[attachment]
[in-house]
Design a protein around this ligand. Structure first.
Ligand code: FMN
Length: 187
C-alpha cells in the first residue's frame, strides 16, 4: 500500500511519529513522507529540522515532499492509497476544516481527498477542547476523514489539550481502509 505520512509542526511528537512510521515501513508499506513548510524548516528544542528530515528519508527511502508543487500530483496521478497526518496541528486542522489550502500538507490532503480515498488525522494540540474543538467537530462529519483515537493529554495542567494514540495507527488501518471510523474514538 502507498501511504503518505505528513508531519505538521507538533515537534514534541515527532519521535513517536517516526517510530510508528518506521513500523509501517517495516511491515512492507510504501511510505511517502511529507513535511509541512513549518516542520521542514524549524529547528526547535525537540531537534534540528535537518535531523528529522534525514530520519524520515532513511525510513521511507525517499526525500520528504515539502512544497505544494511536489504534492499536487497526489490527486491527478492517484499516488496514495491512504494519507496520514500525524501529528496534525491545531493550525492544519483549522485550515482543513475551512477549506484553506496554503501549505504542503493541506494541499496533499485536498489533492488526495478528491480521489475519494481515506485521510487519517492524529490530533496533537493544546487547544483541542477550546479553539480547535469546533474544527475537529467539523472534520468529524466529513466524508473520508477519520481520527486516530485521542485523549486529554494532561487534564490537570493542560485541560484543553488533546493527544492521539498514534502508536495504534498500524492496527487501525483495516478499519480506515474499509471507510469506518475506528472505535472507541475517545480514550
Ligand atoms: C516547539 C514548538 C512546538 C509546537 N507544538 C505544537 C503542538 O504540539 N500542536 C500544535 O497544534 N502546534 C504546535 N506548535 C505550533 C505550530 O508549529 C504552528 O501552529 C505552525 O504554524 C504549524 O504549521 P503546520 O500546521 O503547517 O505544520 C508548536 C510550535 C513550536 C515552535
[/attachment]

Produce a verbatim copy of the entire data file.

[in-house]
Design a protein around this ligand. Structure first.
Ligand code: FMN
Length: 187
C-alpha cells in the first residue's frame, strides 16, 4: 500500500511519529513522507529540522515532499492509497476544516481527498477542547476523514489539550481502509 505520512509542526511528537512510521515501513508499506513548510524548516528544542528530515528519508527511502508543487500530483496521478497526518496541528486542522489550502500538507490532503480515498488525522494540540474543538467537530462529519483515537493529554495542567494514540495507527488501518471510523474514538 502507498501511504503518505505528513508531519505538521507538533515537534514534541515527532519521535513517536517516526517510530510508528518506521513500523509501517517495516511491515512492507510504501511510505511517502511529507513535511509541512513549518516542520521542514524549524529547528526547535525537540531537534534540528535537518535531523528529522534525514530520519524520515532513511525510513521511507525517499526525500520528504515539502512544497505544494511536489504534492499536487497526489490527486491527478492517484499516488496514495491512504494519507496520514500525524501529528496534525491545531493550525492544519483549522485550515482543513475551512477549506484553506496554503501549505504542503493541506494541499496533499485536498489533492488526495478528491480521489475519494481515506485521510487519517492524529490530533496533537493544546487547544483541542477550546479553539480547535469546533474544527475537529467539523472534520468529524466529513466524508473520508477519520481520527486516530485521542485523549486529554494532561487534564490537570493542560485541560484543553488533546493527544492521539498514534502508536495504534498500524492496527487501525483495516478499519480506515474499509471507510469506518475506528472505535472507541475517545480514550
Ligand atoms: C516547539 C514548538 C512546538 C509546537 N507544538 C505544537 C503542538 O504540539 N500542536 C500544535 O497544534 N502546534 C504546535 N506548535 C505550533 C505550530 O508549529 C504552528 O501552529 C505552525 O504554524 C504549524 O504549521 P503546520 O500546521 O503547517 O505544520 C508548536 C510550535 C513550536 C515552535